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I'm currently trying to do a "time ago" function but for some reason, it ends up giving me a NaN for one of the results.

I'm using a slightly modified version of this piece of code (found at: http://www.sitepoint.com/create-your-own-twitter-widget-3/ )

    if ($this->DateFormat == 'friendly') {
        // friendly date format
        $ival = $now->diff($stime);
        $yr = $ival->y;
        $mh = $ival->m + ($ival->d > 15);
        if ($mh > 11) $yr = 1;
        $dy = $ival->d + ($ival->h > 15);
        $hr = $ival->h;
        $mn = $ival->i + ($ival->s > 29);
        if ($yr > 0) {
            if ($yr == 1) $date = 'last year';
            else $date = $yr . ' years ago';
        }
        else if ($mh > 0) {
            if ($mh == 1) $date = 'last month';
            else $date = $mh . ' months ago';
        }
        else if ($dy > 0) {
            if ($dy == 1) $date = 'yesterday';
            else if ($dy < 8) $date = $dy . ' days ago';
            else if ($dy < 15) $date = 'last week';
            else $date = round($dy / 7) . ' weeks ago';
        }
        else if ($hr > 0) {
            $hr += ($ival->i > 29);
            $date = $hr . ' hour' . ($hr == 1 ? '' : 's') . ' ago';
        }
        else {
            if ($mn < 3) $date = 'just now';
            else $date = $mn . ' minutes ago';
        }
    }

(the problematic line is the one with the round($dy / 7)

I created a set of possible values to test the outcomes and it gives me a NaN for a date of -29 days. The thing is that it only happens to do that when I repeat the function over and over. If I just test -29 days alone, it outputs me the correct 4 weeks value.

Any idea on how can I avoid/fix this?

Edit

This is most likely a bug in PHP.

If I make the code do the division and rounding twice, the NaN never appears.

// do estimate of how many weeks ago
$round = round($days / 7, 0);
$round = round($days / 7, 0);

$date =  $round . ' weeks ago';

I noticed this because in my test loops, the first value that triggered the weeks calculation (given that I was making more than one calculation) would give the NaN.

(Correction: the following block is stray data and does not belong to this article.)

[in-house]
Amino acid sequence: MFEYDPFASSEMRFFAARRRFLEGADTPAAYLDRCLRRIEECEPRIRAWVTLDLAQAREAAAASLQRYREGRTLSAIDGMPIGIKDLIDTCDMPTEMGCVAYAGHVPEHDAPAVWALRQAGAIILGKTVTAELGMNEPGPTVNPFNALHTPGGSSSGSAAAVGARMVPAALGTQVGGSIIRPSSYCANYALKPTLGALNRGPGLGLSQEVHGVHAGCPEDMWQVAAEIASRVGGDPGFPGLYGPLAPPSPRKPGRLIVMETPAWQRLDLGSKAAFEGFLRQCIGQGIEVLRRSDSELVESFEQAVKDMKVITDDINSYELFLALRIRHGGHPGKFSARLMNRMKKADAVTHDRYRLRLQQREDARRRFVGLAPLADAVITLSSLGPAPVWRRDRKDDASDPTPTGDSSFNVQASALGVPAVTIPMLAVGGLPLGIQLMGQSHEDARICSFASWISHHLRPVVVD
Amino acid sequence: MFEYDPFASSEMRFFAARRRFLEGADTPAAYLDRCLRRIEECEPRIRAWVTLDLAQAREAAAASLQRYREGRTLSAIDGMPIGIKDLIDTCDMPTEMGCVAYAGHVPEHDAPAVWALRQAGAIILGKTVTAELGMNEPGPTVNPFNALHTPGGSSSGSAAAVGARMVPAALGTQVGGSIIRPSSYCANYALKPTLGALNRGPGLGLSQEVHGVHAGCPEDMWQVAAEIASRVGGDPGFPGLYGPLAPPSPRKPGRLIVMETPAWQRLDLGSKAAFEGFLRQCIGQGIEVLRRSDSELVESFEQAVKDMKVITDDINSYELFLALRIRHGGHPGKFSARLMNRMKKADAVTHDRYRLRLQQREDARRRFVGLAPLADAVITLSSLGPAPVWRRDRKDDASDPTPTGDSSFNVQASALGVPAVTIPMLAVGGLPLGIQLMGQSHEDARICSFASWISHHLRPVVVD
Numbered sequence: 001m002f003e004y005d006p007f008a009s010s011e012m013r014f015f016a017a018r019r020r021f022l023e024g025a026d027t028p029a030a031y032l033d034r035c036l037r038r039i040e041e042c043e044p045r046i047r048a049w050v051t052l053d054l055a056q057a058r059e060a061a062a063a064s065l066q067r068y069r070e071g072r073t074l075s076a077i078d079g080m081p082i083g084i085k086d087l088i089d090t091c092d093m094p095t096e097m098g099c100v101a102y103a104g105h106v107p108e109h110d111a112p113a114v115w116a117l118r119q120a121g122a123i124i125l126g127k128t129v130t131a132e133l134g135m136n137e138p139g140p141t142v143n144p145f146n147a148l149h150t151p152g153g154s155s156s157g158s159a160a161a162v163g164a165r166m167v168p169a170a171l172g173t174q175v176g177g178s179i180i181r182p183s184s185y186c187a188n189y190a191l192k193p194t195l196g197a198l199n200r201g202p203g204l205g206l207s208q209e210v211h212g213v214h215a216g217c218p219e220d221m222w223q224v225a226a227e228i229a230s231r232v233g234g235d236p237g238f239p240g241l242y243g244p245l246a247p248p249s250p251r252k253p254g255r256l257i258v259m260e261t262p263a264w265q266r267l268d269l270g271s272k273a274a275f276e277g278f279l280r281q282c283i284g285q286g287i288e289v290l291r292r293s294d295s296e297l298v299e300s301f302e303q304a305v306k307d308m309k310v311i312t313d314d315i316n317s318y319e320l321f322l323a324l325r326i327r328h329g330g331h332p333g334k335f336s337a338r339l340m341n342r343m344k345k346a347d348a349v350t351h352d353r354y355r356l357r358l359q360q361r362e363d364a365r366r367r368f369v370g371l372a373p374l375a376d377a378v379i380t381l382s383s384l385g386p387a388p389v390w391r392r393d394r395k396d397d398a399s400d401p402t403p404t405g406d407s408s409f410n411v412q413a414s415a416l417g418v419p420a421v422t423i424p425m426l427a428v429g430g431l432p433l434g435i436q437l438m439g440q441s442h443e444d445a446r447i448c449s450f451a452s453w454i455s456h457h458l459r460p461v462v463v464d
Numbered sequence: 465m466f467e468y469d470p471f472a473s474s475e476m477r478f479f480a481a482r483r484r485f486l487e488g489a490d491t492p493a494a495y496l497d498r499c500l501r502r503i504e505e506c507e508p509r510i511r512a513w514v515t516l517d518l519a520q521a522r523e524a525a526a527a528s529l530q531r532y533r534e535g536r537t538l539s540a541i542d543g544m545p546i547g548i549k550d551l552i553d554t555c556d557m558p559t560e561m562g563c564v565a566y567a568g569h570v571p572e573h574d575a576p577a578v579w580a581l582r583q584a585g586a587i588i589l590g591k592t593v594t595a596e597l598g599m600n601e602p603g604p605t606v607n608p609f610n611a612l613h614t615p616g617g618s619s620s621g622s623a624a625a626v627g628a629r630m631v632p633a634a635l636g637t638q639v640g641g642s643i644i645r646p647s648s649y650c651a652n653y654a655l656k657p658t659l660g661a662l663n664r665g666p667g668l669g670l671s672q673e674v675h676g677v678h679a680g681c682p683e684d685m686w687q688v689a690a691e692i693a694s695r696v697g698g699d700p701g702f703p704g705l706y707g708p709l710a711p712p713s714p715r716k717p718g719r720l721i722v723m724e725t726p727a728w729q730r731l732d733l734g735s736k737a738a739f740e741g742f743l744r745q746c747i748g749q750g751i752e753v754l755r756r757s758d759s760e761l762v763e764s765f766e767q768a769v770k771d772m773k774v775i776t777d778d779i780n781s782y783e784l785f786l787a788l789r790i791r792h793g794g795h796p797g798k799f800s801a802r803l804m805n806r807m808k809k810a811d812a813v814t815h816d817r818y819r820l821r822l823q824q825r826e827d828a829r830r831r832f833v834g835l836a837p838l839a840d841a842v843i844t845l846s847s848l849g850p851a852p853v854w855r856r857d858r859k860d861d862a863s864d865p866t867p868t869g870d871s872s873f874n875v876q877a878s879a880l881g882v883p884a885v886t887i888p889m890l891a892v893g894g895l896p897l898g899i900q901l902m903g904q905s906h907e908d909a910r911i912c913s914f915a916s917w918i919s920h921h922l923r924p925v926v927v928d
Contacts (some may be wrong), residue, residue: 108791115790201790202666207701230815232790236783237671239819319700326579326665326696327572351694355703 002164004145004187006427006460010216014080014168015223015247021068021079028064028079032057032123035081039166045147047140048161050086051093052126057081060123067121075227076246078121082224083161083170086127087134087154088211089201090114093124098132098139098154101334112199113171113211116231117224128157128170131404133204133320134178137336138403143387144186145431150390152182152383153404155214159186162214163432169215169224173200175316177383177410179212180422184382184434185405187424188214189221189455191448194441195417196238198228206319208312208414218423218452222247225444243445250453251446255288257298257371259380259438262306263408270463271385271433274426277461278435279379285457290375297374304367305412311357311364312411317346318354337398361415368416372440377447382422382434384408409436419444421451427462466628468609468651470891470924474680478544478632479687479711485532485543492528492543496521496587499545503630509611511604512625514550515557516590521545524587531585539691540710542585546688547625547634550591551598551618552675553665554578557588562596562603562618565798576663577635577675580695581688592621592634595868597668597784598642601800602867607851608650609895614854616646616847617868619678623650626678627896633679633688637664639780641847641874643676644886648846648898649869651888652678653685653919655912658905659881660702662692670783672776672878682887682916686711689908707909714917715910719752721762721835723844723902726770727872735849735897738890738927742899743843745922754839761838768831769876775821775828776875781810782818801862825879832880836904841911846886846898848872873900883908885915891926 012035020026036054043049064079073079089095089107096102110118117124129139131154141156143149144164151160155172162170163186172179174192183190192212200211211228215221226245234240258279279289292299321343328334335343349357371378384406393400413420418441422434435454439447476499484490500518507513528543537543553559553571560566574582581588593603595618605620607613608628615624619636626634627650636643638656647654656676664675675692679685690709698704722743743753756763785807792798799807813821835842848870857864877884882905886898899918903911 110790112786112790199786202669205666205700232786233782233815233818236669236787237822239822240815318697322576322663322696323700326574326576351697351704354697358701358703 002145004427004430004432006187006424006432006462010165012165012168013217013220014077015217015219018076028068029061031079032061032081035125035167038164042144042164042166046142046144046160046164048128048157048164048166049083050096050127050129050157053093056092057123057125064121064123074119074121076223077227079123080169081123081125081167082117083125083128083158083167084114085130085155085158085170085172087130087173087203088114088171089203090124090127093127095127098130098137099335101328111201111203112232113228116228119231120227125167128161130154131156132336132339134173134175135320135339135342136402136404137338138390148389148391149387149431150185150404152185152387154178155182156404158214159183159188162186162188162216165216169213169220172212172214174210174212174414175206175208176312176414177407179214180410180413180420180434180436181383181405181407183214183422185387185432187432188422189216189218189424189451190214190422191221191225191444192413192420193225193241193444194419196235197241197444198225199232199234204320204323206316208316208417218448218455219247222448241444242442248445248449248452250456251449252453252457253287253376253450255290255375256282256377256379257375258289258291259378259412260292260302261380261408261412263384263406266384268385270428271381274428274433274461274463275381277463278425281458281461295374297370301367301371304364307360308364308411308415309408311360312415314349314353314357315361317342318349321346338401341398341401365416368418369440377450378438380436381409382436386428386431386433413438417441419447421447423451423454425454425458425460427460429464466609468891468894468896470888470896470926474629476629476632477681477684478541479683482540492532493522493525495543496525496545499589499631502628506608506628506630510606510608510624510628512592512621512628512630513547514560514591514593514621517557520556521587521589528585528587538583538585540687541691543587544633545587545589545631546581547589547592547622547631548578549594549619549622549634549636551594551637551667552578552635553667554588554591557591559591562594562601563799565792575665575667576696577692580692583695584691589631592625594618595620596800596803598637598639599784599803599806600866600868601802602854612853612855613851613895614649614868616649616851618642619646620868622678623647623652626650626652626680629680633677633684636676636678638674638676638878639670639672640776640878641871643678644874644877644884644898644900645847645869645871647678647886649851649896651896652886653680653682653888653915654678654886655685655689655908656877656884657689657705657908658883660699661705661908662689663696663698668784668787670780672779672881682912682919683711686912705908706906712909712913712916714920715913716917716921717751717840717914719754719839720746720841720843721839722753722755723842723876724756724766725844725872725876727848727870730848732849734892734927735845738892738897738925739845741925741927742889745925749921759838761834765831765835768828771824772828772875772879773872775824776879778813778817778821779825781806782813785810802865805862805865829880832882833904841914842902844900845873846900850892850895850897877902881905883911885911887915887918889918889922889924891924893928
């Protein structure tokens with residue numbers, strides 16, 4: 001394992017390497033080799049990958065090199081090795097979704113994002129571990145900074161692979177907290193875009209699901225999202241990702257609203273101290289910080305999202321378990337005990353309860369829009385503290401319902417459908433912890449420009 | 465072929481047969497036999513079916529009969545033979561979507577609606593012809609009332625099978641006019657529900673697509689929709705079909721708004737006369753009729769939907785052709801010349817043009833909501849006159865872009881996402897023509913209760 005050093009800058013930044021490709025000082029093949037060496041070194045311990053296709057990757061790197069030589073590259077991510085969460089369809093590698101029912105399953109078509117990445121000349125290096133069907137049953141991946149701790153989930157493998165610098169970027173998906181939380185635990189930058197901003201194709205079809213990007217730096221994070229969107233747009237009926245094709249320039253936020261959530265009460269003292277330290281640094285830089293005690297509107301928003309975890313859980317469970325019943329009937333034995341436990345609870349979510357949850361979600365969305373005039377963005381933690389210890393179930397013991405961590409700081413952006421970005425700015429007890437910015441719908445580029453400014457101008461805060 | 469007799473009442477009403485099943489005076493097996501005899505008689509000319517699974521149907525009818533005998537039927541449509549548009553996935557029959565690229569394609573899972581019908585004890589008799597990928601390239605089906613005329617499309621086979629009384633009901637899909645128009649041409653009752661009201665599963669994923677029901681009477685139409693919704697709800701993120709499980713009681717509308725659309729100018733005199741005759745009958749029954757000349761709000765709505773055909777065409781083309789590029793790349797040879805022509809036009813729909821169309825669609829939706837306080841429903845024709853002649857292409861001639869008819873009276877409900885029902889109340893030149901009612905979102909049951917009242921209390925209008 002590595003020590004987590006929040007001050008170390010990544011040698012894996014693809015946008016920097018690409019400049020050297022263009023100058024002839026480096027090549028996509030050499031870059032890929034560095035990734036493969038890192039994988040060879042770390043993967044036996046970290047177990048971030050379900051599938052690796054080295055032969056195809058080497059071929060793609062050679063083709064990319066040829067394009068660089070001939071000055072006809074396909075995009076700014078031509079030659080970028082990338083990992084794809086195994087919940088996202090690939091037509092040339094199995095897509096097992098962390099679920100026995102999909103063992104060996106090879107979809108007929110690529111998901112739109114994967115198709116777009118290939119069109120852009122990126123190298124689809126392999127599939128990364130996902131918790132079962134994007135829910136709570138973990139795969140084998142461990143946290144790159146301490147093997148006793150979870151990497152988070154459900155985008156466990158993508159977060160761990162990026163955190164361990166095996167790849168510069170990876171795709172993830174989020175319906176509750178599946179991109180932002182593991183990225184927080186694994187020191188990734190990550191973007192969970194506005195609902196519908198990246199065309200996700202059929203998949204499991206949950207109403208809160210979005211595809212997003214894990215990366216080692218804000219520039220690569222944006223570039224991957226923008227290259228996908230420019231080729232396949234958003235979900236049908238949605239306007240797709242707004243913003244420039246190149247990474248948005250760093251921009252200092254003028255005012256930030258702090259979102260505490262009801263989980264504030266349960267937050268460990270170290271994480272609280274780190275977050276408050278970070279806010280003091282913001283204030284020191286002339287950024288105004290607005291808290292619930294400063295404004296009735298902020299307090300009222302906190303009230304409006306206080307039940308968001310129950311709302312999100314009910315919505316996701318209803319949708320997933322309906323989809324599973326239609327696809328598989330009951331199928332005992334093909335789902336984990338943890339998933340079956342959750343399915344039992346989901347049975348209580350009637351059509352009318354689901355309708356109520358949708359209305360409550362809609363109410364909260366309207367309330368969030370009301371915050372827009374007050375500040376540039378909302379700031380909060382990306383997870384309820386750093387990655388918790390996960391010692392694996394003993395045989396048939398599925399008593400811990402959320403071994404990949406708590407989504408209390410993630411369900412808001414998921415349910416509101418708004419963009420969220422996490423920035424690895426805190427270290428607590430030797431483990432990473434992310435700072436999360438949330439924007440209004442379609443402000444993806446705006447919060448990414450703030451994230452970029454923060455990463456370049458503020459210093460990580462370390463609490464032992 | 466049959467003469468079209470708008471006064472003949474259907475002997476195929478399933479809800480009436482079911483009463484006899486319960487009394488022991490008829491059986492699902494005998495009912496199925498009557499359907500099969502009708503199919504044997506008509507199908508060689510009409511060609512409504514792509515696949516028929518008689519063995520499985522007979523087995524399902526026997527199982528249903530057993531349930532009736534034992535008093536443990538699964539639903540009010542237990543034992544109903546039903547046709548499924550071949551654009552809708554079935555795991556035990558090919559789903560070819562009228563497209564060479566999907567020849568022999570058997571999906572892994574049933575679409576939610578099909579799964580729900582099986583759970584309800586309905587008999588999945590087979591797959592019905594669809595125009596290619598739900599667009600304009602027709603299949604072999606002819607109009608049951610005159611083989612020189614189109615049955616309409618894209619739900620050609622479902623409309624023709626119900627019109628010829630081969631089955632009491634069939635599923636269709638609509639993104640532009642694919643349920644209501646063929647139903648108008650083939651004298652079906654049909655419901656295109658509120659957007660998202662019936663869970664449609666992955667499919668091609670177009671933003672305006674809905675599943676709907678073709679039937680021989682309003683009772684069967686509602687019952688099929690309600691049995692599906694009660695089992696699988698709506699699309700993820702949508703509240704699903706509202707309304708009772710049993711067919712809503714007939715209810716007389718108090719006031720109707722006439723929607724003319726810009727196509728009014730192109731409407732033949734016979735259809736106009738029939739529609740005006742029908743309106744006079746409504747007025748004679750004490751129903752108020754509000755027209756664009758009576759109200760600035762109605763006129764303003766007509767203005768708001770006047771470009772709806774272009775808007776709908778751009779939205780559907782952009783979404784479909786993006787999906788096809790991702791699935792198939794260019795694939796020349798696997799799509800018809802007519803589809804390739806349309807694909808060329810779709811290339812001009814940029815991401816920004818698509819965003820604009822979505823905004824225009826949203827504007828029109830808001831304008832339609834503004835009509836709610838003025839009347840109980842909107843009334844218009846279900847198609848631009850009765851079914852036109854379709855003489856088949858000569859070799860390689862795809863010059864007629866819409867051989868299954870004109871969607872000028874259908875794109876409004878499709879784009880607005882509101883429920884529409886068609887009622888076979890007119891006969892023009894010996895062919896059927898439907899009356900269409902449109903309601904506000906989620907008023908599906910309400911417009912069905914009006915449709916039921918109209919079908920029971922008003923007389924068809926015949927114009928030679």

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2  
$dy = $ival->d + ($ival->h > 15); - since when did we start having 30-odd hours in a day? :-) I think that 15 should be 11. –  paxdiablo Sep 8 '11 at 1:26
    
I could be mistaken but isn't it just rounding 1 day and 16 hours to 2 days for example? –  RS7 Sep 8 '11 at 1:29
    
Yes, but it's the 15 value I'm disputing. Half a day is 12 hours, not 16. The other two calculation are 15 (for 32-ish days) and 29 (for 60 seconds). This looks like a clear cut'n'paste problem from the previous calculation. Not that this will fix your problem, hence a comment rather than an answer. –  paxdiablo Sep 8 '11 at 1:32
1  
This is most likely a bug in PHP. -- You should have very strong proof before raising such claims. Finding bugs in such basic operations in a widely used language is... unlikely. :) –  deceze Sep 8 '11 at 4:19

2 Answers 2

interestingly my hack had worked on similar problem. I just put this before the operations with the date:

if (is_nan($y1) || is_nan($y2)|| is_nan($z1)|| is_nan($z2)){ }

and the rest worked. Obviously $y1, $y2 etc. are NAN somehow... Running XAMP, Win 7 x64, DENWER, PHP v 5.3+

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up vote 0 down vote accepted

While I personally believe this was bug (I found some bug submissions and stackoverflow questions having similar problems) it doesnt seem to be happening anymore after going from 5.3.1 to 5.3.5.

This is a simplified code that would give NaN for me

// create datetimes
$date1 = new Datetime();
$date2 = new Datetime();

/* loop part - taken out for simplicity */

$date1->diff($date2);
echo 1 . "<br/>";
// 1

$date1->diff($date2);
echo 2 . "<br/>";
// 2

$date1->diff($date2);
echo round((29 / 7)) . "<br/>";
// NAN

$date1->diff($date2);
echo round((29 / 7)) . '<br/>';
// 4

(I was running XAMPP 1.7.3 (PHP 5.3.1) on Windows)

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